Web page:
There are a number of reasons to hand mill soap. The biggest reason people hand mill soap is to fix botched soap and other soaping problems.
Sometimes you forget to add enough water, enough oil, or add too much lye. If you know what you did (and sometimes if you’re not quite sure) you can still fix the soap. After all, who wants to throw away all of those good ingredients?
Reasons to Hand Mill Soap
There are many reasons to hand mill soap. Fixing botched soap is only one of them.
Using Soap Right Away
Some people hand mill soap right after they’ve made a cold process batch, because they like the idea of being able to use it right away.
Hot processing and hand milling increases the speed at which the soap cures by evaporating the water within the soap and making it harder faster.
While most people will tell you that lye is still finishing the process in cold process for 4-6 weeks. The real reason cold process needs to cure is to evaporate the water and allow the soap to harden. The saponification process in cold OR hot process is over from 24-48 hours after it is poured into the mold.
Fix Botched Soap
Another reason people will hand mill soap is when something goes wrong.
Basically, never throw out a botched batch of soap. It can almost always be fixed.
It may not be exactly as you envisioned in the end, but you will definitely end up with a soap that is usable. So, no waste!
Which is especially great to know if you are nervous about making soap or if you have put in a lot of expensive ingredients.
If you end up with a chalky soap that is crumbling in your hands, it could have not been insulated well enough in the first few hours, or it could be lye heavy. Either way, you can cut the batch into pieces (like I did in the video) and make it come out wonderfully.
If you suspect that it is lye heavy, just add a bit of oil to your batch. If you know how much lye you added, then add oils to compensate for this.
If it is messed up from seizing in the pot or not being warm or being too hot in the mold, then hand mill it and add some water. I add a few tablespoons and then seal with plastic wrap to keep the moisture in while it melts.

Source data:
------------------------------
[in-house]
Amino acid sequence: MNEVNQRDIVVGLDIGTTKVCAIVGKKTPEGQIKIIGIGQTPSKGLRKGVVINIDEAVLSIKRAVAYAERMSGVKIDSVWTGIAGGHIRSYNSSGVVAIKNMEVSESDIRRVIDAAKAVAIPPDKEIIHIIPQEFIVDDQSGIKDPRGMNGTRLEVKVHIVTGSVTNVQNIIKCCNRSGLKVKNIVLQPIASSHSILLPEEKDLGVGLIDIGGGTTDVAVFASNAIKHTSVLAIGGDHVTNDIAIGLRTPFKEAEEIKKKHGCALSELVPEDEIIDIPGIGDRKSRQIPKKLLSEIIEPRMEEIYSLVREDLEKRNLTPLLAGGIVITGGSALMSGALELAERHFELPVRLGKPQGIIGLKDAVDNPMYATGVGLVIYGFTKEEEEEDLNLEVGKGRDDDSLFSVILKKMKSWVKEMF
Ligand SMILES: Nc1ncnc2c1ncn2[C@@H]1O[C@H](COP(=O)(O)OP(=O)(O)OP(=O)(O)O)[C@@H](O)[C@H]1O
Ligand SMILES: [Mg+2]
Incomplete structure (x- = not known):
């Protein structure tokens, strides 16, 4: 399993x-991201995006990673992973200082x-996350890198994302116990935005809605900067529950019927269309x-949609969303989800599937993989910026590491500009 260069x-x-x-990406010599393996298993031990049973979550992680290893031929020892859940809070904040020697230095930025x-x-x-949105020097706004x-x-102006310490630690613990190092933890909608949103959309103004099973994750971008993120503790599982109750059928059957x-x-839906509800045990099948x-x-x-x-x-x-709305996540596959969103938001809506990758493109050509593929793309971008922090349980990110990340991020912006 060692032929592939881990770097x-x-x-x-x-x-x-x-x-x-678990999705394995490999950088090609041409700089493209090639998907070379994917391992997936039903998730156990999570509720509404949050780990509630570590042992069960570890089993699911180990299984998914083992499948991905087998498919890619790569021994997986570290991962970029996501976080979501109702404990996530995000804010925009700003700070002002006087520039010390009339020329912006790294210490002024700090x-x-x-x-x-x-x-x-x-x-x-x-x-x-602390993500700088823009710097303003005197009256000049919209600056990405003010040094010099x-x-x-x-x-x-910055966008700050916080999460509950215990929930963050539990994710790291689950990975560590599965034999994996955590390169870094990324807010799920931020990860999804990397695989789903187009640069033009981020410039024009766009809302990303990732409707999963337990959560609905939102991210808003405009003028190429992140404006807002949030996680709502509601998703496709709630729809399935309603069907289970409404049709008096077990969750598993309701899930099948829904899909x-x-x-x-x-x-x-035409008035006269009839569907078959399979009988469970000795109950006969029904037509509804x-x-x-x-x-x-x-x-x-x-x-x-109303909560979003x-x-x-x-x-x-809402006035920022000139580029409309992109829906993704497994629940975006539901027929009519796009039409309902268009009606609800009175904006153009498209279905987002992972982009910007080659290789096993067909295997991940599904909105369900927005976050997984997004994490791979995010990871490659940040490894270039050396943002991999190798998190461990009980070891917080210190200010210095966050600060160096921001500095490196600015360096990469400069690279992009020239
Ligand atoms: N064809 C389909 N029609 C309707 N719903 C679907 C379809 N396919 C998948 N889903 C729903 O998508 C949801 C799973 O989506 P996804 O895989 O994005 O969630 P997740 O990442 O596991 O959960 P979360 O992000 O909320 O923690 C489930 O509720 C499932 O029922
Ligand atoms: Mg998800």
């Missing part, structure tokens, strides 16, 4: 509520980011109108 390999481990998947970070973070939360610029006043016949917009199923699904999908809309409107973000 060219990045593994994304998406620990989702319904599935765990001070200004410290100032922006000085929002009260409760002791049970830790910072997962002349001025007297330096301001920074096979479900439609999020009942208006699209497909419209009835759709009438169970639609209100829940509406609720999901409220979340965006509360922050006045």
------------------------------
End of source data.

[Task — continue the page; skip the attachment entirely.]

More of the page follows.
For the same reason people like to hot process soap (the texture) and hand mill, others don’t like to. I, personally, prefer the look of the smooth cold processed bar, but when you need to hand mill, you need to.
Please Subscribe to my YouTube Channel.
How to Hand Mill Soap Video Tutorial
How to Hand Mill to Fix Botched Soap
- Make your soap as usual, by bringing it to trace.
- If you have already let the bars set, that’s fine, just break them into small chunks and throw them into the crockpot.
- Add a touch of oil if your soap is lye heavy. Otherwise, add a few tablespoons of water and watch it as it starts to warm. It will become bubbly around the outside edges. Cover with plastic wrap to keep the moisture in the crockpot.
- Turn it on the lowest setting. You don’t have to stand over it. You can walk away, but check back every 10-15 minutes. When it starts to bubble, give it a stir. You want the entire batch to get the bubbly translucent look to it.
- When the entire batch is translucent, you are probably done. This should take at least 1-3 hours, depending on the heat setting of your crockpot.
- Add essential oils and mix.
- Line your mold and scoop it in. Pat it with a spoon to get out any air bubbles.
- Texture the top as desired.
- When it is cool and hard, remove and cut. It will continue to harden as it cools, but it can be used immediately.
If you’re looking for cold processing soap instructions see: 7 Easy Steps to Homemade Soap for Beginners